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Students lose interest in science because it is mystified


October 14, 2016 By Joseph S. Margai

The founder of Thomas Gbamanja Science Foundation Sierra Leone, Prof. Sahr P. Thomas Gbamanja, who also doubles as Acting Deputy Vice Chancellor of Fourah Bay College, has said that most students in Sierra Leone lose interest in science because their teachers mystify it.

He made this statement in an interview with Concord Times at his Fourah Bay College office yesterday, adding that science is fun and natural as people learn about the world and nature. He said that in order to get people to understand it, one has to know how to teach it and let people appreciate what science is all about.

He said if teachers let their students understand that science is about the world, life and things through their methodology, the latter would be interested to study it.

Prof. Gbamanja noted that the problem lies in the teaching methodology, unavailability of science equipment, and lack of atmosphere and ambiance to study science in some of our schools. He added that everyone is studying science through theoretical means, which is not so bad because the students are coming up with so-called good grades at the West Africa Senior Secondary Certificate Examination.

“I had the privilege as a member of the National Board of Education to visit several schools in Freetown last Christmas, an assignment given to us by the Minister of Education, and we were able to visit laboratories, and we noticed that most of them were doing alternative to practical, which is theory,” he said.

“What I do in the Thomas Gbamanja Science Foundation in Kono is that I organise science activities. When we first launched it in January 2016, we had science composition which I gave them titled “Science is Power” and incidentally it was one student in SSS II that wrote the best essay and I bought a laptop for him,” he said, adding that pupils in SSS III&IV also participated in the essay writing competition.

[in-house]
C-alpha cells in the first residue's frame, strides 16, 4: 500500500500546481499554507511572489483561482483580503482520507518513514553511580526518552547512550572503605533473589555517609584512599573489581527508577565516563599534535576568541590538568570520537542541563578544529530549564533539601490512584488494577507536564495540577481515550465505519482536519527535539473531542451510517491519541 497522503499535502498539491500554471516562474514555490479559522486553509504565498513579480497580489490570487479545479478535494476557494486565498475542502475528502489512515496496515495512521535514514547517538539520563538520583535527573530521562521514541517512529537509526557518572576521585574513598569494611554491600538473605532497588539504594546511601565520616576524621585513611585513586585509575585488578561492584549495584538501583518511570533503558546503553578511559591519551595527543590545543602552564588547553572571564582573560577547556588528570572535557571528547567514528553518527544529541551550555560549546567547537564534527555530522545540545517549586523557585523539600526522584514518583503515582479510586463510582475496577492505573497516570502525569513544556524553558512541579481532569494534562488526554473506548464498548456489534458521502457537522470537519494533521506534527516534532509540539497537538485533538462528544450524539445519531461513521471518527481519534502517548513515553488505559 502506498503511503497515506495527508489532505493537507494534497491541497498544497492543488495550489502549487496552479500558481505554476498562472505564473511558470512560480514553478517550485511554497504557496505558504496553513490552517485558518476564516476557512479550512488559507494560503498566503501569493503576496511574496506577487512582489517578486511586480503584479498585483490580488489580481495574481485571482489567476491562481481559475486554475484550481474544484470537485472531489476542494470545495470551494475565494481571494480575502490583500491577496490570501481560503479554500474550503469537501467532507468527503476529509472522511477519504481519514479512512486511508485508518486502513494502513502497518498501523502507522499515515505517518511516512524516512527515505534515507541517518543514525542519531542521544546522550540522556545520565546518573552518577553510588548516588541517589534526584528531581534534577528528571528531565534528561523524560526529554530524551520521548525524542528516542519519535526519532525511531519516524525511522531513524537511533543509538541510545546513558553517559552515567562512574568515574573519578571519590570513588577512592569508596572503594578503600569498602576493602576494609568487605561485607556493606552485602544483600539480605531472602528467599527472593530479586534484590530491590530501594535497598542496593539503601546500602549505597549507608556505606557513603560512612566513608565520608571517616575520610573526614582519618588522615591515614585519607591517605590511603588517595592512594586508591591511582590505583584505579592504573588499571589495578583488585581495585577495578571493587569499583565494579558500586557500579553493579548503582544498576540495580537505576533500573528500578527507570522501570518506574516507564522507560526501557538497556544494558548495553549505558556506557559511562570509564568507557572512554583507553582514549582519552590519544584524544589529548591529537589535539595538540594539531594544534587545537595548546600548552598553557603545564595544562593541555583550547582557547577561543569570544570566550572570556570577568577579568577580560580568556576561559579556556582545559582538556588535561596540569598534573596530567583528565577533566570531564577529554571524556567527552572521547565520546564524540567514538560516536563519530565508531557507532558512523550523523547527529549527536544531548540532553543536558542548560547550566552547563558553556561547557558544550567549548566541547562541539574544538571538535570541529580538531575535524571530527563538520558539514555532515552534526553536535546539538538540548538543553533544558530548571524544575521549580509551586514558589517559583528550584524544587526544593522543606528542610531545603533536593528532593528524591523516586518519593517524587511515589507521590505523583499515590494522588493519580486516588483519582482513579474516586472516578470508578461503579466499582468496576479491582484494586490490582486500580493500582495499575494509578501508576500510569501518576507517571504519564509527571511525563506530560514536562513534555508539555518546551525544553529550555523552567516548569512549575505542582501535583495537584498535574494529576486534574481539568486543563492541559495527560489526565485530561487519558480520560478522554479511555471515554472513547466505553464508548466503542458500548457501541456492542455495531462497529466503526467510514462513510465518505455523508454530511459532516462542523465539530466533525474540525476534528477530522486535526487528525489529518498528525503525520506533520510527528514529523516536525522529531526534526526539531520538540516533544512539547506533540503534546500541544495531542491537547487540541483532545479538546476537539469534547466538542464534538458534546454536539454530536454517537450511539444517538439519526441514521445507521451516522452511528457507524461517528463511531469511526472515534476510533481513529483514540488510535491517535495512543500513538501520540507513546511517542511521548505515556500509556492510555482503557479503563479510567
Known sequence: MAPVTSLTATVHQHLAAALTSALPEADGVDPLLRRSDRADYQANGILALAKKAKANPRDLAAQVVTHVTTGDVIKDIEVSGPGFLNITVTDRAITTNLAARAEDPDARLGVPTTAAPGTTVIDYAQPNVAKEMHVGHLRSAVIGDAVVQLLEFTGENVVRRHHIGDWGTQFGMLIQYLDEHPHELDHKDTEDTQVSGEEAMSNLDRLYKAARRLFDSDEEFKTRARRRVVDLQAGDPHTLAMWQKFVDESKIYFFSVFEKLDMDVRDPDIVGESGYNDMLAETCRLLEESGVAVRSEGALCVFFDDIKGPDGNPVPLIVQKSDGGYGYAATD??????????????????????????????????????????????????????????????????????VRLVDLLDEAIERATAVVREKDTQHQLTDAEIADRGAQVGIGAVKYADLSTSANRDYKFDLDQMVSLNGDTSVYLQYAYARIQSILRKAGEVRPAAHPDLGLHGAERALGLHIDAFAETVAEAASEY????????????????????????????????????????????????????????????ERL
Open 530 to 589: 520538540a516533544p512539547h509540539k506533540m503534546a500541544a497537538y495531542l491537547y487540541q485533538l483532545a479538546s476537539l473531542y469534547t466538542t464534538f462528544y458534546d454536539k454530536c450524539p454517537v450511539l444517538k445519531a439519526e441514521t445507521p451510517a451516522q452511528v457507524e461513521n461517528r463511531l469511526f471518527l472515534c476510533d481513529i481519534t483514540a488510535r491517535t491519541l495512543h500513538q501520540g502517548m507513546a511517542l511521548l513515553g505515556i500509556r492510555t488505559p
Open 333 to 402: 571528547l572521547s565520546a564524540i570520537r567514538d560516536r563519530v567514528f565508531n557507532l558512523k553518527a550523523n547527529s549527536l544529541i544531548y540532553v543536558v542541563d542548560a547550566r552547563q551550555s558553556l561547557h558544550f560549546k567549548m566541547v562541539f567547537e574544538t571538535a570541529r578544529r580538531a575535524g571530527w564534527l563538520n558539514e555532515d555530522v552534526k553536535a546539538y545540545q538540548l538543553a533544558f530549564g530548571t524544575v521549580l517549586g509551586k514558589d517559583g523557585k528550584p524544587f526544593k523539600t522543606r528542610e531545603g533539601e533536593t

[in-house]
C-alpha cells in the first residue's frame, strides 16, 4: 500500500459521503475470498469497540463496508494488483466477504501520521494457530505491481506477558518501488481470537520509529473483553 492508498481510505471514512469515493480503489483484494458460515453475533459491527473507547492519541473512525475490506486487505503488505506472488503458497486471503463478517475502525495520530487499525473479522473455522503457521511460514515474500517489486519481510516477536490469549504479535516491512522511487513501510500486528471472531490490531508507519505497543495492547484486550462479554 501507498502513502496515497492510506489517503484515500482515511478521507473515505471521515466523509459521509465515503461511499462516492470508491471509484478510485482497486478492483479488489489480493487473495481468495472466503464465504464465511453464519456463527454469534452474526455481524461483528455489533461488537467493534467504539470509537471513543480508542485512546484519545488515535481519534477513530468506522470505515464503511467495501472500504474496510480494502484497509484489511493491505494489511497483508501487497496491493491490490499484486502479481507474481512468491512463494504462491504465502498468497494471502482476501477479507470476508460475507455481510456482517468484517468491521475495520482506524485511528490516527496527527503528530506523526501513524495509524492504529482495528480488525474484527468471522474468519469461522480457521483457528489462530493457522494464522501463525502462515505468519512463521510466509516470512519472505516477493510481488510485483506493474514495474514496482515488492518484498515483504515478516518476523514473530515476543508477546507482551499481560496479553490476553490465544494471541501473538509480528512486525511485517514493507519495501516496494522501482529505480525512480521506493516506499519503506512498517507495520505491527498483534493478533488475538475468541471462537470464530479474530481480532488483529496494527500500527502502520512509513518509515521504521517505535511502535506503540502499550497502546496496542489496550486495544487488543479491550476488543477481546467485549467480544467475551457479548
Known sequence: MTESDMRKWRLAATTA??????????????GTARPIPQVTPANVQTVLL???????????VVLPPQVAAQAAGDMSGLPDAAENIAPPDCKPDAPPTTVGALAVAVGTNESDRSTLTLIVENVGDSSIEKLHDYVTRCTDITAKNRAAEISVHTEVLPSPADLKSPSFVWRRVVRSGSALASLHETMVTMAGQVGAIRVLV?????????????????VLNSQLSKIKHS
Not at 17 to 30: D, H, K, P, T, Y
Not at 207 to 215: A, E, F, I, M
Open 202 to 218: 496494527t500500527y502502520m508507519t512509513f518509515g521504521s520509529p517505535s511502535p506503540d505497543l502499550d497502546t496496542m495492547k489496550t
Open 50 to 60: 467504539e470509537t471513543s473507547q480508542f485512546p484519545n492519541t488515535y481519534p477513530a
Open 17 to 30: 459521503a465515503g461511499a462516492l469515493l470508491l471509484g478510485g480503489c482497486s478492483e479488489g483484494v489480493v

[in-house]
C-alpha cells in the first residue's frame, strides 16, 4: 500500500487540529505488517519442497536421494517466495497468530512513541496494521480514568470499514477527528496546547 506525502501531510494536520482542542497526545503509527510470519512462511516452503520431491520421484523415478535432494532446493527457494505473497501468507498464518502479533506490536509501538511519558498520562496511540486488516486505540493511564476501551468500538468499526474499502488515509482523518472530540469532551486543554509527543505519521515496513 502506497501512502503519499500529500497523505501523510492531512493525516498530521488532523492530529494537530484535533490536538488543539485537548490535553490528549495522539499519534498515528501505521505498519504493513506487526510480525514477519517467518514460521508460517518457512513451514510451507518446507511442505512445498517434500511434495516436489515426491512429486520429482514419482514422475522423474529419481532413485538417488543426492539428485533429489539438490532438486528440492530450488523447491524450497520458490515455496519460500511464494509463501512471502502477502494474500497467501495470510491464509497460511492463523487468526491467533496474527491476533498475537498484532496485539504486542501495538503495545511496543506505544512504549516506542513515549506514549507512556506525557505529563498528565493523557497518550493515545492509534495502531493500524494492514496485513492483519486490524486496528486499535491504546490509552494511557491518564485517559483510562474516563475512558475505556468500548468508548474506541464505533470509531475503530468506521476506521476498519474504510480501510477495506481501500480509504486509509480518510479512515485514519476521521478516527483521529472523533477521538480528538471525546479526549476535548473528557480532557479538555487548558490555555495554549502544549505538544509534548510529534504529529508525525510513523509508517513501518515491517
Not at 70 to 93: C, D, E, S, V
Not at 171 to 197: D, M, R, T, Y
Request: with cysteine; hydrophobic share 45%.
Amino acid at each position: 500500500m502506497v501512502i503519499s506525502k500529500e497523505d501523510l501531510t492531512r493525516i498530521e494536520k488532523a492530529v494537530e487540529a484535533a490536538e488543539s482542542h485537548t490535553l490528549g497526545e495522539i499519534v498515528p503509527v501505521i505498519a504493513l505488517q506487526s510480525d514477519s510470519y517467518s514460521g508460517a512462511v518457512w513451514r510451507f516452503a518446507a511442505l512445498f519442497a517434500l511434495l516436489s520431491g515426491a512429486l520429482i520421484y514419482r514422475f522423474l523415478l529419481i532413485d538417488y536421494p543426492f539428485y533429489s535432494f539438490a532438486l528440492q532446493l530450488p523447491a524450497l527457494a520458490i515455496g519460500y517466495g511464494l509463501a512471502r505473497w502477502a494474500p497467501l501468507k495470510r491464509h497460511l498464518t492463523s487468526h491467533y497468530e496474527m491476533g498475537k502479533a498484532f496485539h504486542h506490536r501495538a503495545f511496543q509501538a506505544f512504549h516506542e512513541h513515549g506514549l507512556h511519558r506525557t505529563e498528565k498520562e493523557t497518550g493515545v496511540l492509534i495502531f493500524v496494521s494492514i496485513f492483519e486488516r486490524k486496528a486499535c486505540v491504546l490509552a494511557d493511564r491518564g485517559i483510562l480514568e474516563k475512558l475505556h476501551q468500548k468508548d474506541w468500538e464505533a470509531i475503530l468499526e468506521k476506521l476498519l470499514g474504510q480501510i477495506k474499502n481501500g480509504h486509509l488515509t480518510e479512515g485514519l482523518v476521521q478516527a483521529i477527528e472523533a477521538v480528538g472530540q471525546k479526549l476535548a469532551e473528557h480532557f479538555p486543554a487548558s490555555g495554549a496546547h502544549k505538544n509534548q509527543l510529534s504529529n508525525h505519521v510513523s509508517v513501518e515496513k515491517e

He disclosed that he organised a science debate titled “Science had brought more harm than good to the world” and that it was very exciting as parents, Paramount Chiefs, teachers and students in Kono witnessed the event.

Prof. Gbamanja disclosed that he also organised a science fare, with 10 schools participating and scientists choosing the school that did best project, which won a computer.

“Because of these activities some of the schools in Kono that were not doing science have started to do now. I even encouraged them to form science clubs and I’m going to grade and give a prize to the best science club. I have noticed that a number of parents now want their children to do science,” he said.

He said his desire was to get a science safe haven in Kono and put a lot of science equipment there, adding that it would enable schools that do not have science laboratory and equipment to see science at work and learn and do experiments.

“Interestingly, I was in Kono last week where I visited 10 schools and it is disheartening to know that there is none of them that have a good laboratory. A semblance of a lab was only found at Koidu Secondary School and the equipment were in cartons and are taken out when the students want to do practical, which is different from what I saw in my school days,” he said and noted that most science students in Kono have not even seen a test tube or a microscope, adding that his foundation will have to buy them for the science safe haven.

Prof. Gbamanja disclosed that the foundation’s vision is to nurture science minded youths to champion scientific development strides in global development initiatives, adding that its drive is to help a growing scientist in need morally, intellectually, mentally and physically.

He also intimated that he plans to expand the Foundation’s work in the north, south and Western Area in the future.

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